Depending on your reason above, you should attach proof in the form of insurance claims, doctors’ reports and hospital records, a death certificate, or pictures of floods/hurricanes leading to the destruction of documents.

The IRS evaluates whether the person acted prudently according to the circumstances but could not because of circumstances beyond their control. They will also check whether the taxpayer could have foreseen the event causing non-compliance and what steps they could have taken to ensure compliance.

Statutory Exceptions

Congress may provide statutory exceptions, giving taxpayers relief from tax penalties after major disasters like fires, hurricanes, earthquakes, and floods.

Administrative Relief

Qualified taxpayers can receive an administrative waiver called First Time Abatement (FTA) for penalties for failing to file, pay, or deposit taxes. Eligible taxpayers are those who show all of the following:

  • The taxpayer filed all returns or extensions
  • The taxpayer has paid or made arrangements to pay all outstanding taxes
  • The taxpayer was not required to file returns or was not assessed for penalties for three tax years before the year attracting the penalty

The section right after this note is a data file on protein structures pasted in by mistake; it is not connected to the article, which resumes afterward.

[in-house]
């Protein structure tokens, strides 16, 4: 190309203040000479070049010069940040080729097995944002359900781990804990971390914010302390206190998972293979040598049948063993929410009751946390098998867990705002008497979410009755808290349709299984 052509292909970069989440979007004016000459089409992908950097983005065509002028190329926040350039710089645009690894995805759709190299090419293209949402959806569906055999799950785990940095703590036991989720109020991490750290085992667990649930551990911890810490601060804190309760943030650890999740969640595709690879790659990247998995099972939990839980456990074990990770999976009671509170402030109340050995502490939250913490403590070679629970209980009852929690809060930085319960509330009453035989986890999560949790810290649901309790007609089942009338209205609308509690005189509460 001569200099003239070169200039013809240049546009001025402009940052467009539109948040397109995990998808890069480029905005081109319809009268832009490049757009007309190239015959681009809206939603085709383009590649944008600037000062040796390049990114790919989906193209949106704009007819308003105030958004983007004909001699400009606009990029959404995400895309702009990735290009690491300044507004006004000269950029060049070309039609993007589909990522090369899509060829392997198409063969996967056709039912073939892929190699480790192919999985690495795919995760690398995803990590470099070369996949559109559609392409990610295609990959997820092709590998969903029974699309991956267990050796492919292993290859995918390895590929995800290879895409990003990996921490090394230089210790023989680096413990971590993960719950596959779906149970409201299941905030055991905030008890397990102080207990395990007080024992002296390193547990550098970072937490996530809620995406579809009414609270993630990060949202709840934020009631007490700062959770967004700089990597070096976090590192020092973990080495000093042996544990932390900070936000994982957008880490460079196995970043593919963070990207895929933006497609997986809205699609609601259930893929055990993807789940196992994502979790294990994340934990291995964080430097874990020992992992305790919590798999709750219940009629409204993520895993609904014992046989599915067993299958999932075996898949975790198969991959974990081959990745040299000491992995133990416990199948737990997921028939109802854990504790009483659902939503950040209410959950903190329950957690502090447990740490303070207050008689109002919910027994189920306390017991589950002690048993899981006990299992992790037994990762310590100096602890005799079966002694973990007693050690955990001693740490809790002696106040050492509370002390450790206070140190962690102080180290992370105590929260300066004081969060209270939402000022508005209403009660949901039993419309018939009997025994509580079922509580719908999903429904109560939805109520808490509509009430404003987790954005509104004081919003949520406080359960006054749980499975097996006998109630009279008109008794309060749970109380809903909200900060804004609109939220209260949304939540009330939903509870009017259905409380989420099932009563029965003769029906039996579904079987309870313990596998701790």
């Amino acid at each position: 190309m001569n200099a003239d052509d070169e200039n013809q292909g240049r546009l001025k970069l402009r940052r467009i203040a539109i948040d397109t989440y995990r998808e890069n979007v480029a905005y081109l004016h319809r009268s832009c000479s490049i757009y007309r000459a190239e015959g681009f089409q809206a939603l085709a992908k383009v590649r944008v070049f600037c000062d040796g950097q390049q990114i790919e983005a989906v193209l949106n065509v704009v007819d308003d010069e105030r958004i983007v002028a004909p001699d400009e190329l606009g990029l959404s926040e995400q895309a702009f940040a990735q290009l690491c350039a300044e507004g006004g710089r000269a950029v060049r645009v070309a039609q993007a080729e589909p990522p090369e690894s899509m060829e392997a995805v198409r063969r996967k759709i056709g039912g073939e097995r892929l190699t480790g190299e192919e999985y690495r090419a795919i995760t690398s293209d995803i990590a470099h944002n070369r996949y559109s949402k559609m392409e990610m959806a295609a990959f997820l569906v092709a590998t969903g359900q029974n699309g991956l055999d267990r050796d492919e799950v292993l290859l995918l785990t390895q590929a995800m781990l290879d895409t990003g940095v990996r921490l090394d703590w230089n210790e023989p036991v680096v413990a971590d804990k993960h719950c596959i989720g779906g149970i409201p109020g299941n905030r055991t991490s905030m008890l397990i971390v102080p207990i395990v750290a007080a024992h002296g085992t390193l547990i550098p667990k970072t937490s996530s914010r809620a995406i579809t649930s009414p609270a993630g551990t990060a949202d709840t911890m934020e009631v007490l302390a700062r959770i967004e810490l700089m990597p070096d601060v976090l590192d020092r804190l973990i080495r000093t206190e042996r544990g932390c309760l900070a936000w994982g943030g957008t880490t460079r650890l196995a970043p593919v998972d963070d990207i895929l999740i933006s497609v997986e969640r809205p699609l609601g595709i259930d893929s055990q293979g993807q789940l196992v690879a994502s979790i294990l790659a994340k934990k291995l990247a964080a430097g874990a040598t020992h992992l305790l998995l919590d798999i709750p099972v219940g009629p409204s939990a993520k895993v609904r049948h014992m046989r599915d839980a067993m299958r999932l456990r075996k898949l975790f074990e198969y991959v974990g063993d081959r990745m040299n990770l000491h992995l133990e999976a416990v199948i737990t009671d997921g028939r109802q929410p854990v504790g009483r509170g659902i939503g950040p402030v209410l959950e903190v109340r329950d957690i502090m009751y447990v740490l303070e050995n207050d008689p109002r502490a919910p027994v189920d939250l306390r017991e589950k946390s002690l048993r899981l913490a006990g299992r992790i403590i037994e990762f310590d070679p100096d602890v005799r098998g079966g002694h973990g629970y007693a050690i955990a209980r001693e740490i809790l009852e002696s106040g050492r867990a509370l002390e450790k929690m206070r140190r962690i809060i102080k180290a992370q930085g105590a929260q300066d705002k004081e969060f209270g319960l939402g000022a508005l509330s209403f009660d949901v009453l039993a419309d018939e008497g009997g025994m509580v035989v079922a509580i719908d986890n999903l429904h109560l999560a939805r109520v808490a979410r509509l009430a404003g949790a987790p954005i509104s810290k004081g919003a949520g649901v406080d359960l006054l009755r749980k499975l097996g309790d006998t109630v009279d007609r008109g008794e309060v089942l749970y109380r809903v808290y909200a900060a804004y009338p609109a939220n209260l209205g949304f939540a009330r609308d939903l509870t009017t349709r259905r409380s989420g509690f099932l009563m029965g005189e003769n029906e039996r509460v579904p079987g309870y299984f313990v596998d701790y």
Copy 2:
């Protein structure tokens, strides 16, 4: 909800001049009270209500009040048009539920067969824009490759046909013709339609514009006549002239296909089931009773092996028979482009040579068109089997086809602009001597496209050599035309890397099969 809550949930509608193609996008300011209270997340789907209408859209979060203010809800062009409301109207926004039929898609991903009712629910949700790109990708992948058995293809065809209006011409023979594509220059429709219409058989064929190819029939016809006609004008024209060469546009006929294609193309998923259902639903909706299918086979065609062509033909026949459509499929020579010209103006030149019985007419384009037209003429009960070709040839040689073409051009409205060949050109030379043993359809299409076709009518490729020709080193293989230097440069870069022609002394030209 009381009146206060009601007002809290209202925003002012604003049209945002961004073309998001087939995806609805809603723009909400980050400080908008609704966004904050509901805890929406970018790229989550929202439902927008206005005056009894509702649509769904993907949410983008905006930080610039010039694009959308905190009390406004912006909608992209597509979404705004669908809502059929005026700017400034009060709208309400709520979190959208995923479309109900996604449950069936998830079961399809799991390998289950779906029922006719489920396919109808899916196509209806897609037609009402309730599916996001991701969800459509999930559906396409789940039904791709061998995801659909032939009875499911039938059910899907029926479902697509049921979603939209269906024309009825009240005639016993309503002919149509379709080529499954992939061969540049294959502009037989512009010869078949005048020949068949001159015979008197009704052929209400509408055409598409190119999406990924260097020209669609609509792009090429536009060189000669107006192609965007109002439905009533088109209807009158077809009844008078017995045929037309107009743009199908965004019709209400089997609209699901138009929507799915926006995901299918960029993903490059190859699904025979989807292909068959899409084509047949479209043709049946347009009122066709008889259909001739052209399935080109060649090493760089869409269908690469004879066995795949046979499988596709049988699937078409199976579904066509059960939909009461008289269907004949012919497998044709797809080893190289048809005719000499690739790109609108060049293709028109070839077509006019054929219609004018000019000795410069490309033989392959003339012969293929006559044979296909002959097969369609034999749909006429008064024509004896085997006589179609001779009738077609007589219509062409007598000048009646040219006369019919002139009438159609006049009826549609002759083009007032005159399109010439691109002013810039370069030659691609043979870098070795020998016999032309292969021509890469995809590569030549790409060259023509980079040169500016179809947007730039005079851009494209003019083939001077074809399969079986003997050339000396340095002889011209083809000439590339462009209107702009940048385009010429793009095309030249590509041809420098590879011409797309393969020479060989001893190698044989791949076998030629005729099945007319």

Correcting IRS Errors

The IRS must abate any penalties assessed because of an error in the written advice given by an IRS officer or employee in their official capacity. Where appropriate, the IRS may also consider abatement if the taxpayer shows they relied on an IRS officer’s oral advice.

The taxpayer must prove that they exercised ordinary prudence and business care considering their situation, the advice rendered and the penalty. They will also consider the taxpayer’s filing and payment history and whether they received the correct information in written format.

Relying on a Tax Advisor

A taxpayer may receive limited penalty abatement for relying on a tax advisor – but this cannot be the only reason given. If there is a failure to file, pay, or deposit taxes, the taxpayer is still held liable even if he/she relied on a tax advisor. Only accuracy-based penalties based on reasonable cause may be abated.

Get Professional Tax Liability Advice from Finishline Tax Solutions

If you have received a notice of tax penalty from the IRS, you may be able to get penalty abatement. There is no guarantee of abatement even when you have reasonable cause, but you can improve your chances by getting Finishline tax professionals to help you apply for an abatement. Even if the abatement is rejected initially, our professionals can help you to file an appeal, during which the IRS agent will assess the totality of your circumstance.